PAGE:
Solar Flare Predicted To Closely Pass Earth In Matter Of Days

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A solar flare is expected to come close to Earth's magnetic field on Sunday (5 June) or Monday (6 June) causing a geomagnetic solar storm.

Space experts have confirmed an eruption on the sun occurred yesterday (2 June), hurling a solar flare known as a coronal mass ejection (CME) into space. 

CMEs are enormous expulsions of plasma from the sun’s outer layer - or corona - and can cause power grid fluctuations.

A solar flare might hit earth in the coming days. Credit: Alamy

According to The Sun, weather experts explained: "Yesterday, a magnetic filament on the sun erupted, hurling a faint CME into space.

"NOAA forecasters say it could hit Earth's magnetic field on June 5th or 6th.

"Even weak CME strikes can cause geomagnetic storms, so there is a chance of minor G1-class storms when the CME arrives."

Us humans are normally protected from CMEs by earth’s magnetic field, however the more severe consequences of solar flares can’t always be stopped.  

Thankfully, if this solar flare did hit Earth, we’re only likely to see small power grid fluctuations and perhaps minor satellite communication impairment as this is only a ‘G1-class’ storm.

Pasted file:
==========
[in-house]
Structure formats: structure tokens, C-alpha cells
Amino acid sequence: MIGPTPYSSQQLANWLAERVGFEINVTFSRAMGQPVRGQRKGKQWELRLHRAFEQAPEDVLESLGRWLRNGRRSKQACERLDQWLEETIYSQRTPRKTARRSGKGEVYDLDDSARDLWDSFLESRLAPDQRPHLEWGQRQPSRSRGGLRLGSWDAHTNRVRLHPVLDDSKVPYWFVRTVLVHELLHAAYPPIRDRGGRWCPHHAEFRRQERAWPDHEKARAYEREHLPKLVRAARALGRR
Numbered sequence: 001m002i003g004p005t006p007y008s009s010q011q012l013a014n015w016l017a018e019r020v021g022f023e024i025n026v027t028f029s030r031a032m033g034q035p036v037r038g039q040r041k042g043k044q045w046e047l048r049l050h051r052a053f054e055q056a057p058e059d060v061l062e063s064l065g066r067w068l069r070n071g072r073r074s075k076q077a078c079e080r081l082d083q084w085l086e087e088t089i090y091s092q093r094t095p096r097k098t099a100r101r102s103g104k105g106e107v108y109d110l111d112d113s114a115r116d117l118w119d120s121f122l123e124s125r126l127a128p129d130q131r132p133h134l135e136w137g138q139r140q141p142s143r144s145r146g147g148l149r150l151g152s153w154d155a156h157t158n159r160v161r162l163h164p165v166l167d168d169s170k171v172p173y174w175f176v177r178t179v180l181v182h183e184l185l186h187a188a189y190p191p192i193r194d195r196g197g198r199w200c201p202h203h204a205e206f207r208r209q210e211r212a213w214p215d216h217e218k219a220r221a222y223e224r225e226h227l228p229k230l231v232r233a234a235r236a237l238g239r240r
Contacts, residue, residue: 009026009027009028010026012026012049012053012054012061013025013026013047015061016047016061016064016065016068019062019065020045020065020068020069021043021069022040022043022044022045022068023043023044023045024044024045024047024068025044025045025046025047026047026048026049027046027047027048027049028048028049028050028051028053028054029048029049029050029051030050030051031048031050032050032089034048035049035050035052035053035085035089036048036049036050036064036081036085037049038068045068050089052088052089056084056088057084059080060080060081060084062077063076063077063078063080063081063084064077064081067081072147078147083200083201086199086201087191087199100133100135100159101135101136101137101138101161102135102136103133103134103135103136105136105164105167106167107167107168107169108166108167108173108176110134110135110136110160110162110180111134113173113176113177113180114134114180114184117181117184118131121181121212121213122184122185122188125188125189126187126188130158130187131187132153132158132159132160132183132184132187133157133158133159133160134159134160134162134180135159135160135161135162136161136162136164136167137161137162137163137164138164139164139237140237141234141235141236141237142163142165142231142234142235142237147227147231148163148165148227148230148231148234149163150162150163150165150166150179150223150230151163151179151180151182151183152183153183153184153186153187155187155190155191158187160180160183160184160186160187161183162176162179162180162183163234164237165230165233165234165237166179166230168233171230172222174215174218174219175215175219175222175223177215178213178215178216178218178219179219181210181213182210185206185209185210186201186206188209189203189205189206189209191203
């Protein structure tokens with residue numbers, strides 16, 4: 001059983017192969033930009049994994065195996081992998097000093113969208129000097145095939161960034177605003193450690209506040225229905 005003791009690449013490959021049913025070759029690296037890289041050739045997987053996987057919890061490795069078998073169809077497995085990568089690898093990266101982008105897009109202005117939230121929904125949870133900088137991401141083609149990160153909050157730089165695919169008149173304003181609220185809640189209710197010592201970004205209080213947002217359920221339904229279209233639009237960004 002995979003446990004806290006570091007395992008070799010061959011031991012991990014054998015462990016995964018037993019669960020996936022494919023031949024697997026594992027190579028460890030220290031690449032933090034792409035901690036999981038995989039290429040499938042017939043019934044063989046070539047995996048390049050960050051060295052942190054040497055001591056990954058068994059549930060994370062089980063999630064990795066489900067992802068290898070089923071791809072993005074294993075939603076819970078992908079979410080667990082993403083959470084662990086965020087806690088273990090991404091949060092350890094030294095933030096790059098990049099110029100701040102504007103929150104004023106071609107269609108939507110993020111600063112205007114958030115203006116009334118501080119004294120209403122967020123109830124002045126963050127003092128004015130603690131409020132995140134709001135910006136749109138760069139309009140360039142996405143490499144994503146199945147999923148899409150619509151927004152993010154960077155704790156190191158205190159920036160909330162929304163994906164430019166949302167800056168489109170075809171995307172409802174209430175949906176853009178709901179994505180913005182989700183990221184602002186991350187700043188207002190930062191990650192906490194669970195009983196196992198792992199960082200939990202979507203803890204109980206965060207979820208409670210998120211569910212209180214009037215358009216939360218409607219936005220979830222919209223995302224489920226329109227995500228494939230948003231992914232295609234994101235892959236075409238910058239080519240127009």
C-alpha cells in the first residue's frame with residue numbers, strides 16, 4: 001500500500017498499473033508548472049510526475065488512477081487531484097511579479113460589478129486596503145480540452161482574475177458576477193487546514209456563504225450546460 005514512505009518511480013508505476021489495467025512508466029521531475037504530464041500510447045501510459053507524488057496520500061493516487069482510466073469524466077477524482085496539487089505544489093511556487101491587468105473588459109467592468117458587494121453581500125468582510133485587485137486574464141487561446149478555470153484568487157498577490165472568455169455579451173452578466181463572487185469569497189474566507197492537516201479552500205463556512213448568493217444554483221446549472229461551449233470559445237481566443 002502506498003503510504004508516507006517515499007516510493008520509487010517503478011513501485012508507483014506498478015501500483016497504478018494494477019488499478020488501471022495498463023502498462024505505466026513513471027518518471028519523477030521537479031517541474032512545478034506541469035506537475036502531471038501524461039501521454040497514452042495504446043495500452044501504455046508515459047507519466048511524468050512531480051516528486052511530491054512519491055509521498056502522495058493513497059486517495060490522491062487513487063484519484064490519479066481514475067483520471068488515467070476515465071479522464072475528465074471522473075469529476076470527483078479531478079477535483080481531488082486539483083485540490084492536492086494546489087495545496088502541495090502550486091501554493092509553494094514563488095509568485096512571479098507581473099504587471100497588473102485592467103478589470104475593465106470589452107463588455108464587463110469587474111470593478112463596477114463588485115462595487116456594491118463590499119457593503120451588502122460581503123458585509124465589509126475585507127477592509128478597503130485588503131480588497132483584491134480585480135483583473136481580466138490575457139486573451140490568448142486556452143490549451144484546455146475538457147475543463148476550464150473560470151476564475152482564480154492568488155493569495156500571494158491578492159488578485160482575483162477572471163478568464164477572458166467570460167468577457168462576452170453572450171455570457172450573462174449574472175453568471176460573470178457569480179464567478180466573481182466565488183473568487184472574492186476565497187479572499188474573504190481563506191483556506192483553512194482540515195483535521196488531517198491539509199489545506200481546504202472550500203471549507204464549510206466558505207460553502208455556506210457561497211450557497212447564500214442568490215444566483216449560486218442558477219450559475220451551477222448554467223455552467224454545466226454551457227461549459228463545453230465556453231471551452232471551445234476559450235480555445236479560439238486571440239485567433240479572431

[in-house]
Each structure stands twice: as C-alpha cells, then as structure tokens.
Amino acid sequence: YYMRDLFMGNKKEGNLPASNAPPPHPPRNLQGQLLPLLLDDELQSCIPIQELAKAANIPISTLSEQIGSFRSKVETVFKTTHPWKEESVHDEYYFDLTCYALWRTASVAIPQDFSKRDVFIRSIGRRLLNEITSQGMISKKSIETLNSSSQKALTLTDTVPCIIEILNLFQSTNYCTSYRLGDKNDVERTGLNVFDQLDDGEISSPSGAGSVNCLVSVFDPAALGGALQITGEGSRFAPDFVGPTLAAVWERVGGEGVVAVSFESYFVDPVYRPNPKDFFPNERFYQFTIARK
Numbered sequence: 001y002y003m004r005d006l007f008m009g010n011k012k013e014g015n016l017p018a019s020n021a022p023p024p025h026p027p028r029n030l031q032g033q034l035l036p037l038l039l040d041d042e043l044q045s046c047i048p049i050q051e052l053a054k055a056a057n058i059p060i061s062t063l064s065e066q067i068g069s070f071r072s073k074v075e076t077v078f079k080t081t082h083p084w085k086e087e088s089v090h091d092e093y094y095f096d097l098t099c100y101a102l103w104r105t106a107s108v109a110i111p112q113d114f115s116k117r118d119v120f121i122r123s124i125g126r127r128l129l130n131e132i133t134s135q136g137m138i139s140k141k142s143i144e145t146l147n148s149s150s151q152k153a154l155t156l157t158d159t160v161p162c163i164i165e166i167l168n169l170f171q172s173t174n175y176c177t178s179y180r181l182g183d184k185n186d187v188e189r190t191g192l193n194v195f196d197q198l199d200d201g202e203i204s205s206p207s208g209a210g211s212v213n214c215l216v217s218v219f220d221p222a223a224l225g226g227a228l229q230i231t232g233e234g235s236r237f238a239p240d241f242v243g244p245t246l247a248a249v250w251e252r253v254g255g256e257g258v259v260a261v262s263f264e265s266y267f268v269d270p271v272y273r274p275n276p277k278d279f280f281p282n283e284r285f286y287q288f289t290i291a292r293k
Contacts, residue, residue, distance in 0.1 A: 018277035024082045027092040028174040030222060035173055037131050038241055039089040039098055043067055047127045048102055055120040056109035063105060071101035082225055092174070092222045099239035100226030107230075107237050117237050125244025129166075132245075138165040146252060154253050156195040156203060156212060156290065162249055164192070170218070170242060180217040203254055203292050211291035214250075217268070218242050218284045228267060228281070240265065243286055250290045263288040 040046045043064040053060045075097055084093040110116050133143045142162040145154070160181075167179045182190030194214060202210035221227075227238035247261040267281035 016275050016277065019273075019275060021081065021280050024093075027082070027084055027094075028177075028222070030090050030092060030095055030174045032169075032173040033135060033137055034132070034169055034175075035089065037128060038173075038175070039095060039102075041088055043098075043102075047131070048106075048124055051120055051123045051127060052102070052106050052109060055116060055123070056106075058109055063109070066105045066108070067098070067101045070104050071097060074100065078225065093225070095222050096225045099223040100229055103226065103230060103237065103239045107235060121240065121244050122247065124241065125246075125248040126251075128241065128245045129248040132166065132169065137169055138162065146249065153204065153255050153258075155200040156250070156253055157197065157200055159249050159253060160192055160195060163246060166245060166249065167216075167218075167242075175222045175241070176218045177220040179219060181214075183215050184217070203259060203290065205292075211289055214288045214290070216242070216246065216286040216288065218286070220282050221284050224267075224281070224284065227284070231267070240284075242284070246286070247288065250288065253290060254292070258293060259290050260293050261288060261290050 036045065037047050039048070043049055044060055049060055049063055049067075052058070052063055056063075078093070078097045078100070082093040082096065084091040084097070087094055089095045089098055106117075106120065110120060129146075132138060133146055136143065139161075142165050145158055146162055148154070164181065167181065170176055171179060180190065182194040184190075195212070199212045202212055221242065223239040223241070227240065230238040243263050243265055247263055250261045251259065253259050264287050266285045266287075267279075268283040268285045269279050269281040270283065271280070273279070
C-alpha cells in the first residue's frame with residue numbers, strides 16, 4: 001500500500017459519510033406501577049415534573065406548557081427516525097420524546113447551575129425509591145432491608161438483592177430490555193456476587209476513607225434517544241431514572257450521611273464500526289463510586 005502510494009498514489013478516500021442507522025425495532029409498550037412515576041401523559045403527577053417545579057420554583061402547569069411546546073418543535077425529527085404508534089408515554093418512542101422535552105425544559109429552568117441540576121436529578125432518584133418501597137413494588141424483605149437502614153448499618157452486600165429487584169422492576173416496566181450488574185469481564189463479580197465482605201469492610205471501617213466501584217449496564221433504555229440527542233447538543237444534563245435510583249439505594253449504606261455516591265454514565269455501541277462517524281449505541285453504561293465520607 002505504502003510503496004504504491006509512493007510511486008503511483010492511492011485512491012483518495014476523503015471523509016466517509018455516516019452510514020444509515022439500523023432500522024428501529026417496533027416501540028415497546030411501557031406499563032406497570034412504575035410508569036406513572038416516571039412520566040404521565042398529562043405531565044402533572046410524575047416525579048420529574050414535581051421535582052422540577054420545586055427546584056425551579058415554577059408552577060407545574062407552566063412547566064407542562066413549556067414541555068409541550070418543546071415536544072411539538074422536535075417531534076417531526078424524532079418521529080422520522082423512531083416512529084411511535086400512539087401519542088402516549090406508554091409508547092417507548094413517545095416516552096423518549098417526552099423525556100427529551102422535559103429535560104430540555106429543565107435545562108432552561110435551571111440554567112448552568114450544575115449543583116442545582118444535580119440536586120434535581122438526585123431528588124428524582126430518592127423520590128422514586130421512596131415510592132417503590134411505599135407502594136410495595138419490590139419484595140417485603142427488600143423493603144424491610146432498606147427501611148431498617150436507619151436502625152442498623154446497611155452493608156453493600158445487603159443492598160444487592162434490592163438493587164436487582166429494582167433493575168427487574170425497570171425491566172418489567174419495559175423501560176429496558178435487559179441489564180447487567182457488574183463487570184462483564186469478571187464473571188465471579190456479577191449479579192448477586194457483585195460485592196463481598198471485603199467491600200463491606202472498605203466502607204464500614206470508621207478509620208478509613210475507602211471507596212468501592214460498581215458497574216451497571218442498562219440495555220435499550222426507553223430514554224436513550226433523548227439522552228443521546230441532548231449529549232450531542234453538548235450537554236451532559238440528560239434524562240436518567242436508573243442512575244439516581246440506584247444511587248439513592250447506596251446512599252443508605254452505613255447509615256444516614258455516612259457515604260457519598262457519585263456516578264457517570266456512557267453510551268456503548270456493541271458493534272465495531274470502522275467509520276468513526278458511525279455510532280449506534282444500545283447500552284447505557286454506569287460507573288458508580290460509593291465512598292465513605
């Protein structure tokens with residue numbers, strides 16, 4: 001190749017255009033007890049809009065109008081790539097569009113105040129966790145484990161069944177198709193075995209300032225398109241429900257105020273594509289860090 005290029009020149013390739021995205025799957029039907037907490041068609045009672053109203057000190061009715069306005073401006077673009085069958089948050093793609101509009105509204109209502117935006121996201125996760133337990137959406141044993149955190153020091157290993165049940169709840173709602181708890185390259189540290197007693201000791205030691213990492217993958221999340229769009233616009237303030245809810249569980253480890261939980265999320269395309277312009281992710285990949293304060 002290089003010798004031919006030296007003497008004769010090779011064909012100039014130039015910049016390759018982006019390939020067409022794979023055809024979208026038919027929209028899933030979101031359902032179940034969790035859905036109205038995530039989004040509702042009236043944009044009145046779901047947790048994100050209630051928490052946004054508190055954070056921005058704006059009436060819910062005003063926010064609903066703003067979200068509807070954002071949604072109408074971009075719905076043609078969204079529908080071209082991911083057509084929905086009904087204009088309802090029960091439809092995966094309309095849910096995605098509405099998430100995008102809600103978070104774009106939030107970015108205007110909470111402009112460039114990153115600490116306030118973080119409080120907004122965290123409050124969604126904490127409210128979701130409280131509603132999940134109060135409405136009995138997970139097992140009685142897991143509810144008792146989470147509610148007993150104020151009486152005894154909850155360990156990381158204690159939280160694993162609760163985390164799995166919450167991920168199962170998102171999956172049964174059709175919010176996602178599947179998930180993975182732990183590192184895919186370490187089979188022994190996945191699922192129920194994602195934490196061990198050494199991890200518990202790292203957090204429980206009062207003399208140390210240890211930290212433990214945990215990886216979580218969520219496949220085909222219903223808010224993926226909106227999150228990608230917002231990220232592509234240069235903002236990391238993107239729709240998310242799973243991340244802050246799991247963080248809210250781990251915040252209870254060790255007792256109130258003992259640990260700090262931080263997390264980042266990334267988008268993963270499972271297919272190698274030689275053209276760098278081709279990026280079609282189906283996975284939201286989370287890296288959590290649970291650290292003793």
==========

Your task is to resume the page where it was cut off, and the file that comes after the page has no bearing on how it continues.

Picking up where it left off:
Solar storms that hit earth are graded by severity, with ‘G1-class’ being bottom of the ranking, according to SpaceWeather.com.

Listing possible effects of a G1 storm, the site notes: “Migratory animals are affected at this and higher levels; aurora is commonly visible at high latitudes.”

Space experts have confirmed an eruption on the sun occurred yesterday. Credit: Alamy

At the other end of the spectrum is a G5 storm, which SpaceWeather considers ‘extreme’.

If earth were to be hit by a solar flare of this magnitude, we could expect ‘widespread voltage control problems’ and ‘grid system blackouts’.

Satellite navigation would also be ‘degraded for days’ and low-frequency radio navigation would likely be out for hours. 

All this increased amount of activity on the sun's surface comes during a time period of unprecedented space activity from earth - which could massively affect the number of commercial satellites in earth's orbit most vulnerable to solar eruptions.

That exact scenario happened in February, when a massive geomagnetic storm dragged 40 newly-launched SpaceX satellites out of orbit, The Independent reported at the time. 

When it comes to avoiding future satellite losses, spacecraft engineering companies' best bet is to monitor space weather in real time.

Back in April, the sun spat out the biggest solar flare in years, with SpaceWeather reporting that rogue sunspot AR2993 erupted twice in quick succession on April 25, produceding 'an overlapping pair of M1-class solar flares'.

Featured Image Credit: Alamy

Topics: Space

Aisha Nozari

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